Should You Include Hobbies on a CV?
Depending on your industry, experience level and target role, including hobbies on a CV can help an employer get to know you better. However, there’s a fine balancing act between adding value and putting a recruiter off. Primarily, hobbies should only be thought of a conversation-starter at an interview, when you have no relevant industry experience or they specifically relate to the position you’re applying for.
A study by North Western University’s Kellogg School of Management Studies in the US found that around 50% of employers selected candidates with their hobbies used as a reason for them being shortlisted. Hobbies and interests can often be used to judge a candidate’s potential fit into a company’s culture and team they’ll be working alongside.
Five Examples of when to Include Hobbies in a CV:
- You’re applying for a creative role and you’ve written blogs / created YouTube videos on the industry you’re interested in.
- You are a student or recent graduate with little or no experience. Including extra-curricular activities, such as participation in university societies.
- You’ve excelled in sports showcasing your determination and self-motivation. For example: completing a marathon in an impressive time or climbing a mountain in arduous conditions.
- You’re a captain of a sports team. There are two benefits here: firstly, sport can help you look like more of a team player. Secondly, if you’re a captain, this demonstrates your leadership qualities.
- You enjoy maintaining awareness of emerging technologies and are applying for a role in IT.
Three Examples of When NOT to Include Hobbies in a CV:
- They do not relate to your target role and / or industry.
- Political associations. Believe it or not, some companies 'discriminate' based on your political views. For instance, a job specification posted for a role within the National Offender Management Services states, ‘staff must stay politically neutral at all times, and must get permission to take part in political activities if needed.’
- High-risk hobbies when applying for positions in traditionally risk-averse environments.
Including Hobbies on a CV when making a career change
If you’ve decided to make the step towards a career change, writing your CV can become problematic due to your lack of relevant experience. Therefore, using hobbies to highlight your motivation for a career change. For example, an IT Engineer looking to secure a role in the motor industry may want to consider including a keen interest in vintage car maintenance.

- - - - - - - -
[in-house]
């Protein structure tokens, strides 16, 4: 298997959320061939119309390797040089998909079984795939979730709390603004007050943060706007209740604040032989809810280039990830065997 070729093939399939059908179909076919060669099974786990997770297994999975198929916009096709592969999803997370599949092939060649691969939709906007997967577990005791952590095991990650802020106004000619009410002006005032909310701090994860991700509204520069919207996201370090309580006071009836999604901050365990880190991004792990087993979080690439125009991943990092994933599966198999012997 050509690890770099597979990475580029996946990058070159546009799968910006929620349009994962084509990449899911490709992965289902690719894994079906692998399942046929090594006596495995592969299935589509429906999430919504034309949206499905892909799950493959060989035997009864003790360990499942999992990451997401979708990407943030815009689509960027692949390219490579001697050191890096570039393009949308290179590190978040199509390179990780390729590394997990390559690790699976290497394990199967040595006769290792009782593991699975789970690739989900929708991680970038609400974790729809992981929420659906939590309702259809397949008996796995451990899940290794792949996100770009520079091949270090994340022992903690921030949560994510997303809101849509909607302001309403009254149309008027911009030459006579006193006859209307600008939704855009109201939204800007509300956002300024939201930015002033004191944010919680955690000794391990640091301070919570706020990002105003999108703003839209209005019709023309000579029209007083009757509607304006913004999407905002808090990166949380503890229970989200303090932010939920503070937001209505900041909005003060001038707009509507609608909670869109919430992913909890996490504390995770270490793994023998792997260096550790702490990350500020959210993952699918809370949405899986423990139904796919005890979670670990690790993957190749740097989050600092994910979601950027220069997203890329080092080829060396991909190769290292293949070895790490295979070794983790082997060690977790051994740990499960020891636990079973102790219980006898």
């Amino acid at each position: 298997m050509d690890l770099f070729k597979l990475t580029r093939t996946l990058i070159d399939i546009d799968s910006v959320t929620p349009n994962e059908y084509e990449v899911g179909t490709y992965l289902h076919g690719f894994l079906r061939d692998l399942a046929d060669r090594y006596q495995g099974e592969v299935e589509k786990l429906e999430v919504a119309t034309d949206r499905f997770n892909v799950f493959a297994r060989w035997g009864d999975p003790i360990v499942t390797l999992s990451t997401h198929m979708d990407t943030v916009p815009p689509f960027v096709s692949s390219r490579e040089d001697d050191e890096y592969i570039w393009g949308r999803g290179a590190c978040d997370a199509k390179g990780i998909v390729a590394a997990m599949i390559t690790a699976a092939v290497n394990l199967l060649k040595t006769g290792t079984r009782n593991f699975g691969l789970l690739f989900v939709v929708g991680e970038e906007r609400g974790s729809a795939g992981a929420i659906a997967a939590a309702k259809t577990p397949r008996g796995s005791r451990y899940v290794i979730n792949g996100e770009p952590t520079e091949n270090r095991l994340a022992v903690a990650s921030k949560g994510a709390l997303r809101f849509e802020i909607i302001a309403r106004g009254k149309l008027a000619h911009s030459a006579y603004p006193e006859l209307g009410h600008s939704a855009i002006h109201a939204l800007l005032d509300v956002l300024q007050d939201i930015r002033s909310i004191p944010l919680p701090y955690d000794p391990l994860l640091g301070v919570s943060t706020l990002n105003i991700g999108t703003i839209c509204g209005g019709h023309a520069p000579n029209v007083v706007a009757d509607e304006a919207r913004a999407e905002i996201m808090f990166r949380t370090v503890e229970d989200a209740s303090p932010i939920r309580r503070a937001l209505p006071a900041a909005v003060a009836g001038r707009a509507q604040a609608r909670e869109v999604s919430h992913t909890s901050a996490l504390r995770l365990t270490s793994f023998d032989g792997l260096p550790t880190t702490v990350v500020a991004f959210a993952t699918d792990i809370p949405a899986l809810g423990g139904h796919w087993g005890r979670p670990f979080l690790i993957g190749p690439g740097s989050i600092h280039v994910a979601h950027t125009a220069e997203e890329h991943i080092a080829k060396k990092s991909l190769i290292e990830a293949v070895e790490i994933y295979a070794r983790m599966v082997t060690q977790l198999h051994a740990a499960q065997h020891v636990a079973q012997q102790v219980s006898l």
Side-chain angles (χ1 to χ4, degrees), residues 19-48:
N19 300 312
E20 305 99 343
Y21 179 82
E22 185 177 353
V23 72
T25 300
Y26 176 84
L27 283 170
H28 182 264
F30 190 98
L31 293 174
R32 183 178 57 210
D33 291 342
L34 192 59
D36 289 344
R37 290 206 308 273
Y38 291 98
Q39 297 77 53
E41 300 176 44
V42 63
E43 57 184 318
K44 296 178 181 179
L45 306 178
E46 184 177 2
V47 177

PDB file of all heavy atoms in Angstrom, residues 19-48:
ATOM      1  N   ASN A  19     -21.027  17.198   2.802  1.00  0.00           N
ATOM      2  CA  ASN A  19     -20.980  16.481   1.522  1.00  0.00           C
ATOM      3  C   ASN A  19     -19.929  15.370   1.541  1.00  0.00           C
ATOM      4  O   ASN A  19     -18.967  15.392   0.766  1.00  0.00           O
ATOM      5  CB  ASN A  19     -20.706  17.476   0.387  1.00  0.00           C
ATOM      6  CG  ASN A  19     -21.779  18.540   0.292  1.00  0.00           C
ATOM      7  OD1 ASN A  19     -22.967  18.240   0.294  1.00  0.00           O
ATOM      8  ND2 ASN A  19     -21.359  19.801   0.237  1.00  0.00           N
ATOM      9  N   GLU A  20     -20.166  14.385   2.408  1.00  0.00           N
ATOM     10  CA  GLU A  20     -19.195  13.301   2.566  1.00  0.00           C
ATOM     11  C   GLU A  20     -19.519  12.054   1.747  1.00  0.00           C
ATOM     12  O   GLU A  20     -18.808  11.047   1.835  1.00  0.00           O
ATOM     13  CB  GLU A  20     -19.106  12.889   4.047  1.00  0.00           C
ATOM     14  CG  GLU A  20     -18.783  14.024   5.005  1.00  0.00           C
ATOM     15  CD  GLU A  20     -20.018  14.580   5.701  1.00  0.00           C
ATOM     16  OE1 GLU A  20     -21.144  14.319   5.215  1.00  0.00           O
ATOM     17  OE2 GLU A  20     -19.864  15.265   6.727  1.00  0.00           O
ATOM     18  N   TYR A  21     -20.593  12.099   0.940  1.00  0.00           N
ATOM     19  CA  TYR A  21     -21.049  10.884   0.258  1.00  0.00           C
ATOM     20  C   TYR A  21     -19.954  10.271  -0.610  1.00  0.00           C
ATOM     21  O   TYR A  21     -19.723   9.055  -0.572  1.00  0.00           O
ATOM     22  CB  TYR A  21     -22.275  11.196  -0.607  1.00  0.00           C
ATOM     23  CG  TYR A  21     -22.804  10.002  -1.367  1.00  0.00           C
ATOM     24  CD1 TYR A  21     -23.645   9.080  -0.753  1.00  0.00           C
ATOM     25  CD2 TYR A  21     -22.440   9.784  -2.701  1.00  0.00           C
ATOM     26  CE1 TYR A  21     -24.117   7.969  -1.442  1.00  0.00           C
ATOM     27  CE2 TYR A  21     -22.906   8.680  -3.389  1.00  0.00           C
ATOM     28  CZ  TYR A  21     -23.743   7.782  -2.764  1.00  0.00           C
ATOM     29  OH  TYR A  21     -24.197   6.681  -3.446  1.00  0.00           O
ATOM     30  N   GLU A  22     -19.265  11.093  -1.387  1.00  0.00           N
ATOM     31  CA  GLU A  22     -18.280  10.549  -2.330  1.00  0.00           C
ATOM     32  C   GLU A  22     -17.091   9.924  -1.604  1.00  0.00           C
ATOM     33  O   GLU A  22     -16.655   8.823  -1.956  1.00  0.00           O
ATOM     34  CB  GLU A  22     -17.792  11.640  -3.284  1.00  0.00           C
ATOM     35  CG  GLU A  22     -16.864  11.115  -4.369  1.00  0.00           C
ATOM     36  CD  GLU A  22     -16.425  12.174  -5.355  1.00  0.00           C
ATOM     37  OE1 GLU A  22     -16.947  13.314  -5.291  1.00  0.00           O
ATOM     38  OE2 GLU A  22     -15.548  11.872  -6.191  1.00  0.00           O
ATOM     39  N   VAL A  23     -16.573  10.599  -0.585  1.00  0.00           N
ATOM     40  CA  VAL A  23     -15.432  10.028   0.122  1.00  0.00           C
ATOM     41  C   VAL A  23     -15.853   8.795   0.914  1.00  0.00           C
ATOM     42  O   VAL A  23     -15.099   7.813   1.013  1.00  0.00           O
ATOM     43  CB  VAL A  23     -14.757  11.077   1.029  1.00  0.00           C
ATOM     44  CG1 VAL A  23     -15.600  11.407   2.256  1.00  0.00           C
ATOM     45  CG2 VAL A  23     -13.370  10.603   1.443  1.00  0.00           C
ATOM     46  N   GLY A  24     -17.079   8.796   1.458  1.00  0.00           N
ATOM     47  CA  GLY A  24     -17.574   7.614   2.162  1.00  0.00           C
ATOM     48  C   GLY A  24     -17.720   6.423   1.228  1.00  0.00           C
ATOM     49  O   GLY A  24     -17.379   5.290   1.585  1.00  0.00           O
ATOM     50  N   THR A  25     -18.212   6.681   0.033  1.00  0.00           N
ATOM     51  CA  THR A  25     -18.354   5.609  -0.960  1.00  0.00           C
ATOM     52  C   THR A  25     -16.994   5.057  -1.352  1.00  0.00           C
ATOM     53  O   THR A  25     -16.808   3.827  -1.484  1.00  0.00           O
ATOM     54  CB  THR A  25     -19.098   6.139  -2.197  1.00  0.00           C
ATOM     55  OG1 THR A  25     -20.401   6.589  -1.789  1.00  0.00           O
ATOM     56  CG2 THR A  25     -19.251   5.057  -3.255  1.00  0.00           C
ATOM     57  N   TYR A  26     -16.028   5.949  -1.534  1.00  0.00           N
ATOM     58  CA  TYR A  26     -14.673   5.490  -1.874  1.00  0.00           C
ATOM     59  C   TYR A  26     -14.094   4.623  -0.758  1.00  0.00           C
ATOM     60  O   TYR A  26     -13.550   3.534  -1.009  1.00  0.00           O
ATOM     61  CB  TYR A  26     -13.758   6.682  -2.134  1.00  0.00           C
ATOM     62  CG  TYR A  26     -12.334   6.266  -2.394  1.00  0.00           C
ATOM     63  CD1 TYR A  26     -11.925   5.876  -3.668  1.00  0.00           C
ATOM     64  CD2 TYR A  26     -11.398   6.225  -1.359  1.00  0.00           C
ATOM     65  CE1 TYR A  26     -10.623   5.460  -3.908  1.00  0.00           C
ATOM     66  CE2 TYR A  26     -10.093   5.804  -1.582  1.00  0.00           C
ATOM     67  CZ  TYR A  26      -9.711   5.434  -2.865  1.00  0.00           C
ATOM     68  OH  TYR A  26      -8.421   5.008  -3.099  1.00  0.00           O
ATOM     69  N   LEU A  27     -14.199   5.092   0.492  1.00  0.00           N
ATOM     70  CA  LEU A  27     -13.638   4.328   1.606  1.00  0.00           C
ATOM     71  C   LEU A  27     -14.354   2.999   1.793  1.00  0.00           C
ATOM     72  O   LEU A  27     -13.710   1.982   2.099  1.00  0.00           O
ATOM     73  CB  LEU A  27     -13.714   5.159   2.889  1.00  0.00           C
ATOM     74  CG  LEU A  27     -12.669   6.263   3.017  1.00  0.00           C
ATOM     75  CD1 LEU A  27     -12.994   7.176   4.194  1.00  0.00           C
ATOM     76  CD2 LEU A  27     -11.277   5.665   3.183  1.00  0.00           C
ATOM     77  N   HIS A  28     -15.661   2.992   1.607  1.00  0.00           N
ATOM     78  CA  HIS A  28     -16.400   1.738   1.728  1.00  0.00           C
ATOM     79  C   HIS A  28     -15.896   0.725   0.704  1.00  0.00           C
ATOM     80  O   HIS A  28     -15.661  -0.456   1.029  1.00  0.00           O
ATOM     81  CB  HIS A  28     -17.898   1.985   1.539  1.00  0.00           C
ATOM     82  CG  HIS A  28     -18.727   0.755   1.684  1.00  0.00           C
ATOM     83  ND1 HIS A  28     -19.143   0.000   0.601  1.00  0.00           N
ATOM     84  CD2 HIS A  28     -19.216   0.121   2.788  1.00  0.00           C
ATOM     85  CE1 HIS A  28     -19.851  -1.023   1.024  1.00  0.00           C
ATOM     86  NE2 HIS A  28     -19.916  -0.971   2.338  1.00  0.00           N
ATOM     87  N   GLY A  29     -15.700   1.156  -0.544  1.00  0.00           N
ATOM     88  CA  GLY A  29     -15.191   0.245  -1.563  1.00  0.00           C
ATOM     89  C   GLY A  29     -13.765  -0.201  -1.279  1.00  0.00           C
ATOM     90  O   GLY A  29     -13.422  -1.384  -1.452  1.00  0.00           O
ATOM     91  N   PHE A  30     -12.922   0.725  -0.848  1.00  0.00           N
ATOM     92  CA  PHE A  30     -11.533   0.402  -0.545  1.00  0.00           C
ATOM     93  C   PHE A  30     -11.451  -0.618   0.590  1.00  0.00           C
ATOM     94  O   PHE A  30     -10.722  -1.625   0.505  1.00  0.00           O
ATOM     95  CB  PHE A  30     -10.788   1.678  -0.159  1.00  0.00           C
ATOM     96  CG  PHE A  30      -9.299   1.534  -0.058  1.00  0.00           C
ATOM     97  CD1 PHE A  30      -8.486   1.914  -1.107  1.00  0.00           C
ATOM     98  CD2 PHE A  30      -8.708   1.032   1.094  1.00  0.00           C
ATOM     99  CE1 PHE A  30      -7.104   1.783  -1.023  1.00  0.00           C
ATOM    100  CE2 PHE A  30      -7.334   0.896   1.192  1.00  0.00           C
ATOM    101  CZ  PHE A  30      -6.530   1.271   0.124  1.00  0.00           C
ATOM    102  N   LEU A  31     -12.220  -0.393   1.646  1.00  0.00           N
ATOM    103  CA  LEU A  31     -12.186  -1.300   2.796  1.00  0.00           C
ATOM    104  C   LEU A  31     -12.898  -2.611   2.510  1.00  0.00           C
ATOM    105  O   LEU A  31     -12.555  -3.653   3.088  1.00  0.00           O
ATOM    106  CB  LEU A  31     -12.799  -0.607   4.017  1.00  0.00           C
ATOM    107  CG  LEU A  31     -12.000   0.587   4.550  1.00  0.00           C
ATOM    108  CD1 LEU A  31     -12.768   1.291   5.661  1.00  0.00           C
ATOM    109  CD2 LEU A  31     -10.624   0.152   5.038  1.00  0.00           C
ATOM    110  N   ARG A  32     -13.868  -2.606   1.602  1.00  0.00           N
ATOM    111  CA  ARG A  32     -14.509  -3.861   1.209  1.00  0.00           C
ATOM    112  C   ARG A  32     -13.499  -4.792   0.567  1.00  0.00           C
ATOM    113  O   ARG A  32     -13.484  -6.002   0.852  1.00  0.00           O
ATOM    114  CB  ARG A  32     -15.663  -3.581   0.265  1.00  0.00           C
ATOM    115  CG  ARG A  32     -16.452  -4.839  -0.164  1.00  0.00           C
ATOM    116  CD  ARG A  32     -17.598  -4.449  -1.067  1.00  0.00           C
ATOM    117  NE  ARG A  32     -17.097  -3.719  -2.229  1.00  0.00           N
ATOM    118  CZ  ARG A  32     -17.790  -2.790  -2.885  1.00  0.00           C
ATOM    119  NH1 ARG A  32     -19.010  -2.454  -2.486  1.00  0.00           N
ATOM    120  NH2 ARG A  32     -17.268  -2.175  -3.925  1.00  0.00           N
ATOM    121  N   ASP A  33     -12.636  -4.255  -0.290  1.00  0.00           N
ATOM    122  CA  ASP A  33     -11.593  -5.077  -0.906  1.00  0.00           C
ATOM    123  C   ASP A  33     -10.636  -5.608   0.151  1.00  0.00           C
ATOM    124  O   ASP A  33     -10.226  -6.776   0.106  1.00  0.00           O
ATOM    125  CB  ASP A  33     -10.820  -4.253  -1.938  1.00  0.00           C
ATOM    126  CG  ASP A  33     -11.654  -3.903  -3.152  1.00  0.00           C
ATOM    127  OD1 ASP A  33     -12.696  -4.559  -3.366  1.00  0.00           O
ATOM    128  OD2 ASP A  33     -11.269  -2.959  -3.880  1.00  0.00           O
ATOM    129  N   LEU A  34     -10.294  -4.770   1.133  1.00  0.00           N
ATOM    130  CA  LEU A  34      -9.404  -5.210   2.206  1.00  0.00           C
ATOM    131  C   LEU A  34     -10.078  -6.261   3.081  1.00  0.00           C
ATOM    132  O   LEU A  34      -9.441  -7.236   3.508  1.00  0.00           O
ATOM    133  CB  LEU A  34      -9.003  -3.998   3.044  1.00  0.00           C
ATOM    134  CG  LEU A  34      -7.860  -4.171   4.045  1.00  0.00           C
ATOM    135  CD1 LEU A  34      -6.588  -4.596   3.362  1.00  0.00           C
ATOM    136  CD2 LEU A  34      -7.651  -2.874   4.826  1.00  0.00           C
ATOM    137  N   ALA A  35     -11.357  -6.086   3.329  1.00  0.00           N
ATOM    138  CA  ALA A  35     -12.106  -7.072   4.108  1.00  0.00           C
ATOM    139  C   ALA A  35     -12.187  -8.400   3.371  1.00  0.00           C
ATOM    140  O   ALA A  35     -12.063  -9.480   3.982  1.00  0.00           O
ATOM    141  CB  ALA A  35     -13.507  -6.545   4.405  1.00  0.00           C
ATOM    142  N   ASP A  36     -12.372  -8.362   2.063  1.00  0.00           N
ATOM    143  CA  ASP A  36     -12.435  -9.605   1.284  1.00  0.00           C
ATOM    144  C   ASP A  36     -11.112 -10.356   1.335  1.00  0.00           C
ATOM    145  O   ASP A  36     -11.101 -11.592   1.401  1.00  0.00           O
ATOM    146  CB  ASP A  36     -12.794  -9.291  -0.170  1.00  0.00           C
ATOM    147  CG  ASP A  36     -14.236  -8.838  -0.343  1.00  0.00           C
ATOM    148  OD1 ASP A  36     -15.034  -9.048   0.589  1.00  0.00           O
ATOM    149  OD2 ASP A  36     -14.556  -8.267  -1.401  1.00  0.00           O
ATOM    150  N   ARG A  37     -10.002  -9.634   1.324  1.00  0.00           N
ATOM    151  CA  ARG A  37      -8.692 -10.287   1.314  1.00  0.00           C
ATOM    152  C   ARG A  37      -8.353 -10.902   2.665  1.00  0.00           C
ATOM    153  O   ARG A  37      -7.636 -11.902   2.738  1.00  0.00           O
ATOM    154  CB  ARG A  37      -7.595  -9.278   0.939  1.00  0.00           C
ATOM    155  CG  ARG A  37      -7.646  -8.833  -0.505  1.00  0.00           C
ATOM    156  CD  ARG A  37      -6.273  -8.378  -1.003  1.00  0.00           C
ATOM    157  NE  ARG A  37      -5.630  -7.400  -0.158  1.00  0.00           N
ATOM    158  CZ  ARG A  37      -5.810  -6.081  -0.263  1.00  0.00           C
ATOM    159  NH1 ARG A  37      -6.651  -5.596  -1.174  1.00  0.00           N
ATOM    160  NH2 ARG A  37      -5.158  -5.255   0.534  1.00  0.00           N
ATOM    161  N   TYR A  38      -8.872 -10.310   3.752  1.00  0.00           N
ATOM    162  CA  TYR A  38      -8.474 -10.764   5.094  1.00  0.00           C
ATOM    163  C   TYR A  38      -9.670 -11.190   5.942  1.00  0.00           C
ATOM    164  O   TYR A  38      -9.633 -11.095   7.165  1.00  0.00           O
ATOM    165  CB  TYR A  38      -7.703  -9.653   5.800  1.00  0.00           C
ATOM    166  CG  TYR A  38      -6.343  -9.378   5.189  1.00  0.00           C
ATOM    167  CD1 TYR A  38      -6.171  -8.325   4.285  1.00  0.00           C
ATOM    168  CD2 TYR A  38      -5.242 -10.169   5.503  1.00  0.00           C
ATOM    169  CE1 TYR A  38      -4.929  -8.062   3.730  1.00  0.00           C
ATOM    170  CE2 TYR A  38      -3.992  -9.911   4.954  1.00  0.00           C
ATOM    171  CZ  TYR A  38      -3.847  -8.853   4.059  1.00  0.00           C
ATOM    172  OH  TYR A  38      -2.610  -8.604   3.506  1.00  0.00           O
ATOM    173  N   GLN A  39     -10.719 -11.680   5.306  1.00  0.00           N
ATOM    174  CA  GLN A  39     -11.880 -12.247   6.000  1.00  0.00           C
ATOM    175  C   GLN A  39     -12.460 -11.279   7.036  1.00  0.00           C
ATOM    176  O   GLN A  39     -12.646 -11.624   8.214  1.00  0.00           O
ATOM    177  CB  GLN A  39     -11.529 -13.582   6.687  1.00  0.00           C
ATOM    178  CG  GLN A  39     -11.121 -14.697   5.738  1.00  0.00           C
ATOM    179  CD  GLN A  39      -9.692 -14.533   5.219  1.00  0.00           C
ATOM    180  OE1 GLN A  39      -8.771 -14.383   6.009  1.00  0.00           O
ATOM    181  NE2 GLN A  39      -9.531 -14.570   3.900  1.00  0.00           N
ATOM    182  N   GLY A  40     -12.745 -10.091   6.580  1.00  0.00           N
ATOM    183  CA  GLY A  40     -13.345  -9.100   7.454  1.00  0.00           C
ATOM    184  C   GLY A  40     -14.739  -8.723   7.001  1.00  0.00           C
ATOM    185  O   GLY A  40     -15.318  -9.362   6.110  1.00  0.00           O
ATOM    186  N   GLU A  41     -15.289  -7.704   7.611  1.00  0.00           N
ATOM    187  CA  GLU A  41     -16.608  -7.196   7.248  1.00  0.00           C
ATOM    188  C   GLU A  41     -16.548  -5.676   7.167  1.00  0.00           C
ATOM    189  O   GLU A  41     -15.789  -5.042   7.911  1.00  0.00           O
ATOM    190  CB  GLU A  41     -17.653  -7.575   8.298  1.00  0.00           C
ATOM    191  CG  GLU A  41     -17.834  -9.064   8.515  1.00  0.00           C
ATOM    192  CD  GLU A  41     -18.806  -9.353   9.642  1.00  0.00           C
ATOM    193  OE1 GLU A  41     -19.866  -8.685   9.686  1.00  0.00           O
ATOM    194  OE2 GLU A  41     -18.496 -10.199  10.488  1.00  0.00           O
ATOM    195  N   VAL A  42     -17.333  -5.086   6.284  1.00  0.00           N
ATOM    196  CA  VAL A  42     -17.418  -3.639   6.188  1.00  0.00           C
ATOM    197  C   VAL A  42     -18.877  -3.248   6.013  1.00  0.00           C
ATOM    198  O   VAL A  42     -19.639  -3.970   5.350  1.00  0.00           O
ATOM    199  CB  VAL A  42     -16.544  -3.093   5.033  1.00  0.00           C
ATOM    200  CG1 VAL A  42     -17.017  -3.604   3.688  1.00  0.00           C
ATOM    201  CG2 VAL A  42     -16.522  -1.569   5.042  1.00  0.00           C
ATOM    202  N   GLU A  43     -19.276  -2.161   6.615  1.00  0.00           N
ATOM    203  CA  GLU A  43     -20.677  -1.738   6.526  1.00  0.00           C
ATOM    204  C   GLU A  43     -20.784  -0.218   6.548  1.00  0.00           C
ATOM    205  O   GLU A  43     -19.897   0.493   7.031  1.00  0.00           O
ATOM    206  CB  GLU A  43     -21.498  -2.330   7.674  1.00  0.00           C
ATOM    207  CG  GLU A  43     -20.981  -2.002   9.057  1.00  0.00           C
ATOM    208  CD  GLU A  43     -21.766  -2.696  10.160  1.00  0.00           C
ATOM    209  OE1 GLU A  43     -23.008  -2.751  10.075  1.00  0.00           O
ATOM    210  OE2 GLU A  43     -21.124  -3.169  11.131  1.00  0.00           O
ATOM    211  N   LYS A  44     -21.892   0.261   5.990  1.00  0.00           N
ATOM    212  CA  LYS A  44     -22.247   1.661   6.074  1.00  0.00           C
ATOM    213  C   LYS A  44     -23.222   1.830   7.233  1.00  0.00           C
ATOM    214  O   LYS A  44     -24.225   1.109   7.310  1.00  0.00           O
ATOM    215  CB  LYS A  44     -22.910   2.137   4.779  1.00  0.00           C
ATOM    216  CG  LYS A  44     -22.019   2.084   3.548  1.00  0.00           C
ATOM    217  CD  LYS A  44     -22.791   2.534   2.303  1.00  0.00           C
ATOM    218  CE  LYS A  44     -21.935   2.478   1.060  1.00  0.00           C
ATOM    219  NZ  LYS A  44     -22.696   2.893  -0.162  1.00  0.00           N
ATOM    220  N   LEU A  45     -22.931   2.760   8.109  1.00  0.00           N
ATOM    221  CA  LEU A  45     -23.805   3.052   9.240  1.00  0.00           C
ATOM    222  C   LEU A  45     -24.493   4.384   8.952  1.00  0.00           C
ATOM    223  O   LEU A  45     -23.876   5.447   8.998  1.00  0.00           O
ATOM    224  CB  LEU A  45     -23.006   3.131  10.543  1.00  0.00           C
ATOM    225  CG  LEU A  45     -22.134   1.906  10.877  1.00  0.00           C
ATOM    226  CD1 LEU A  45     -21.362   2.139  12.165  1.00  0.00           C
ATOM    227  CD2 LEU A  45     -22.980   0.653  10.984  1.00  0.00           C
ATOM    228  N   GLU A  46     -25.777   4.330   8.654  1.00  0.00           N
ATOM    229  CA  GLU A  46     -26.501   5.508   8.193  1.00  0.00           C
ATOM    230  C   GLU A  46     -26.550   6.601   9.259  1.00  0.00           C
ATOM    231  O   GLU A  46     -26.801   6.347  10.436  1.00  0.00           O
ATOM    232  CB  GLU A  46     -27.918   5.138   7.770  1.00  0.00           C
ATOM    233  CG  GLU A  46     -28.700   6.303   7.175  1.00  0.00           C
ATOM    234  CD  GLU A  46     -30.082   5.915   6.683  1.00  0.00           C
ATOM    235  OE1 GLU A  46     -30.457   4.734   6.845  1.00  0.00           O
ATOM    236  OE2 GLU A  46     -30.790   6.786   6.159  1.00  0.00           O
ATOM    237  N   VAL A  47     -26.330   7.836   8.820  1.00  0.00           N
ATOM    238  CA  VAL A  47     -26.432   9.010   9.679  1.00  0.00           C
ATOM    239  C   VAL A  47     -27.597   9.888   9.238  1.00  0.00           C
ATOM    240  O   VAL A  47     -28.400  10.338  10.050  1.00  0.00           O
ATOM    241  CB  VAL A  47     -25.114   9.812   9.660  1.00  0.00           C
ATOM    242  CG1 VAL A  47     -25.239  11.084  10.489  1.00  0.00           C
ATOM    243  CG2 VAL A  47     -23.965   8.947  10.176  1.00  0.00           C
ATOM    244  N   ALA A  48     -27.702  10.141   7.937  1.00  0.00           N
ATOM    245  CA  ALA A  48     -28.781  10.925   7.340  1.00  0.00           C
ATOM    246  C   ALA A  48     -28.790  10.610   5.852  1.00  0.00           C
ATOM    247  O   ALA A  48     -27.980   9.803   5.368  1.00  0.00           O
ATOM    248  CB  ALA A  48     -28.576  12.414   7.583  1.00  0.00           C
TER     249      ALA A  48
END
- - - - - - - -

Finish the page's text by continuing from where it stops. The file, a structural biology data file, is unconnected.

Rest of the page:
Read more about our change CV service.
Don’t Give the Recruiter a Reason to Bin Your Application
If you decide to include a hobbies and interests section on your CV, tread carefully. For example, you might love wine tasting or enjoy brewing your own craft beer. However, if the recruiter is teetotal, this has the potential to put them off before they’ve even interviewed you.
Honesty is the Best Policy
Your CV should be used as a marketing tool, and you are the ‘product’ being marketed. Therefore, no recruiter will care if you, ‘enjoy socialising, reading books and listening to music’ – most people do! Surprisingly, I see this in 70% of CVs.
Never lie in a CV. If you’re worrying that your hobbies are too boring, resist the temptation to make up a hobby in an attempt to sound more interesting. This could (and probably will) come back to haunt you in the future.
So, should you include hobbies in a CV? Unfortunately, there’s no one right or wrong answer. Think of it this way: do your interests and hobbies demonstrate your ability to do the job you’re applying for? If not, leave them off.
Thanks to Twitter I can now add 'Reading' to the hobbies section in my CV— Dadbod cometh (@a_shah01) December 1, 2019
Just updating a business CV.— Jim (@amiablejim) November 6, 2019
Under ‘hobbies’, does ‘moaning about the conditions on the Central Line’ count?
I found an old CV - probably from just after I graduated - which had a ‘hobbies’ section. I included ‘snooker’ and ‘socialising’. From memory, I’ve played snooker once, and managed to pot two reds.— Jen Bartram (@JenBartram) November 26, 2019